Tom: We’re continuing with the Gospel of John. We are in chapter 12, and we are at verse 41. “These things said Isaias, when he saw his glory, and spake of him. Nevertheless among the chief rulers also many believed on him; but because of the Pharisees they did not confess him, lest they should be put out of the synagogue:” That was the problem that Nicodemus had, wasn’t it?
Dave: Well, I guess Nicodemus was fearful of that—that’s why he came to Jesus at night to begin with, but he “came out of the closet,” and begged the body of Jesus along with Joseph of Arimathea. That’s an interesting verse, Tom. “These things said Isaias, or Isaiah, when he saw his glory and spake of him,” and it has just been quoting from Isaiah, chapter 6, and Isaiah, chapter 6, begins, “In the year that king Uzziah died, I saw also the Lord, high and lifted up…and his train filled the temple, and the seraphim….” You know, it goes on and describes the throne of God. So he is saying Jesus is God. That Isaiah, in seeing the glory of God on His throne, is talking about Jesus, which is another interesting declaration of the deity of Christ.
Tom: Now Dave, I’m going to go a little aside here because we’ve been talking about tough questions and so on, and I don’t remember if this was a child in Sunday school class or whatever, but he wanted to know if we will ever see God—if we will ever see God the Father. You know, there are verses, like Jesus is sitting at the right hand of God. Will we ever see? It says no man has yet seen God and liveth.
Dave: Well, it says, “No man hath seen nor can see…He dwells in a light that no man can approach unto, whom no man hath seen nor can see.” I would take it that we will never see the Father, but Jesus said, “He that hath seen me, hath seen the Father.” On the other hand, you go back into Exodus, chapter 32, or thereabouts, where it says, “They saw God,” and it describes Him: “under his feet was like a jasper stone and so forth,” or Moses, in chapter 33:18, cries out, “Show me your glory.” God says, “You can’t see my face and live but I will let you see my backward parts.” I don’t know what that means. So, Tom, it is beyond my comprehension.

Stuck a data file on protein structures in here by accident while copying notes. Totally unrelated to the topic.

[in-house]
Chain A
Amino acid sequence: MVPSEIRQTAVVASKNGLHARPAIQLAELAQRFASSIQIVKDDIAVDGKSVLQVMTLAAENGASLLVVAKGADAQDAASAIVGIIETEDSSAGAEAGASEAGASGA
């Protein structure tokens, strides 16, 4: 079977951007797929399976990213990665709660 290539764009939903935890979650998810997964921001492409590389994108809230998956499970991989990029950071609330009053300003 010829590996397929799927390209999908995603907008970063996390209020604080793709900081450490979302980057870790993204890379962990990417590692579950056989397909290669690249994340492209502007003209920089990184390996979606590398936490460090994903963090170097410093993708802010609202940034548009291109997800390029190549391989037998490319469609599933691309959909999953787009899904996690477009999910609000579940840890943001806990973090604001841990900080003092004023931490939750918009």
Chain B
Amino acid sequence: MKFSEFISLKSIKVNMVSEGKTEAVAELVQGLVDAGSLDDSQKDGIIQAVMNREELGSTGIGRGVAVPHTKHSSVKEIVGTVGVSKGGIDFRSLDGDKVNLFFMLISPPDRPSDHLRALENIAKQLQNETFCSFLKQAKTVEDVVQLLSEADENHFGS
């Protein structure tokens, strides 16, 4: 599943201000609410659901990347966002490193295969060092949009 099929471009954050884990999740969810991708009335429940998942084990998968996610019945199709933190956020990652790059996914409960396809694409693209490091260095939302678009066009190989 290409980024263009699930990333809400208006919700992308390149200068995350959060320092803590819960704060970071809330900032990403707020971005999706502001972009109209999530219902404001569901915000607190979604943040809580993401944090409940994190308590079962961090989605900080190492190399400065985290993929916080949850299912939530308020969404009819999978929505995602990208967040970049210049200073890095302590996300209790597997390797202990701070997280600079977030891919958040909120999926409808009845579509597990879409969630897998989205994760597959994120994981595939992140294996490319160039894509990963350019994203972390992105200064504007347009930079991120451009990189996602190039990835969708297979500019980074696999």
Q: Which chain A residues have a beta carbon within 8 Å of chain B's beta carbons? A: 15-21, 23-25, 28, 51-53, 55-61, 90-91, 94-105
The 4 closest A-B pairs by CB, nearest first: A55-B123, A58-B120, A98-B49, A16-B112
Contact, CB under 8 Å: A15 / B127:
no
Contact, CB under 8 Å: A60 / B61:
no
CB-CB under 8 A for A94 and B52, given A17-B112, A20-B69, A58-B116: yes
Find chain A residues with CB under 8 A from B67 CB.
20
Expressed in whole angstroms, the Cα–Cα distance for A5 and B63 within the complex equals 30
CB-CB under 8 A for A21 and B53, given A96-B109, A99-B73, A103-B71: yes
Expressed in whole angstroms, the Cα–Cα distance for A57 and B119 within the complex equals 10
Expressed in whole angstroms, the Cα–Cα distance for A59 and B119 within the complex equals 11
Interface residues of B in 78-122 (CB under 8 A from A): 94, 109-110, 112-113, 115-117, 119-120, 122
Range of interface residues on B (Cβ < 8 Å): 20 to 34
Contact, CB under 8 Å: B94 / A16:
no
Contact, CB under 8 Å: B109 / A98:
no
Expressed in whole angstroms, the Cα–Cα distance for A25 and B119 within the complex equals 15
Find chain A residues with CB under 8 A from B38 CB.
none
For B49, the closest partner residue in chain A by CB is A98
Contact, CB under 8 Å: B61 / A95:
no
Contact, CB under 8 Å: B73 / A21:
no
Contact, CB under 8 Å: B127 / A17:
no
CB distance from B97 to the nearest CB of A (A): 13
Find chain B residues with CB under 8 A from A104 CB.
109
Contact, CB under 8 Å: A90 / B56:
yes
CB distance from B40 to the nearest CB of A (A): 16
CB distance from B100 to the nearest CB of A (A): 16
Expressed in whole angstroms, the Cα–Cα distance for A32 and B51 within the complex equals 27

And then we read in 2 Corinthians, chapter 4, “The God who commanded the light to shine out of darkness has shined in our hearts to give the light of the knowledge of the glory of God in the face of Jesus Christ.” Now, when it says God talked to Moses face to face as a man talks with his friend when he went into the tabernacle, I don’t think that means that Moses saw His face, obviously, because God said, “You can’t see my face and live.”
So, Tom, it’s beyond my comprehension. I don’t even know what a spirit is. God is a Spirit, and on the other hand, spirits can manifest themselves, and God manifests His glory, His power—but Jesus is the manifestation of God. “Great is the mystery of godliness. God was manifest in the flesh, seen of angels,” and so forth, “believed on in the world, received up into glory….”
Tom: Dave, what about the vision of Jesus that John saw on the Isle of Patmos? This seems to be a different Jesus. Is this more figurative language? Certainly, “a sword would come from His mouth”—I know a lot of it is figurative, but it just seems to be a different image of Jesus than we are used to, or seem to be—maybe even most of it is in our imagination, what He looked like. Well, we know He was a physical man—He walked the earth, and so on.
Dave: Of course. He did not look like John saw Him. He veiled His glory, and He laid aside His glory, the scripture says. And then in John 17, He says, “Father, glorify thou me with the glory which I had with thee before the world was.” John is trying to describe what he sees. I mean, “a sharp two-edged sword going out of His mouth.” I mean, this is…the words He speaks are so cutting, they are so powerful, His eyes like a flame of fire! Obviously, flames of fire are not coming out, but John can’t describe it in any other way, and it is so frightening John falls at His feet as dead.
So, the glory—even though Jesus—are we seeing the Father? “He that hath seen me hath seen the Father.” Well, you didn’t see that when He was on this earth, but now are you having, through Jesus the Man a visible revelation of the Father? And yet you are not seeing the Father himself, the Spirit, but you are seeing Him in Jesus.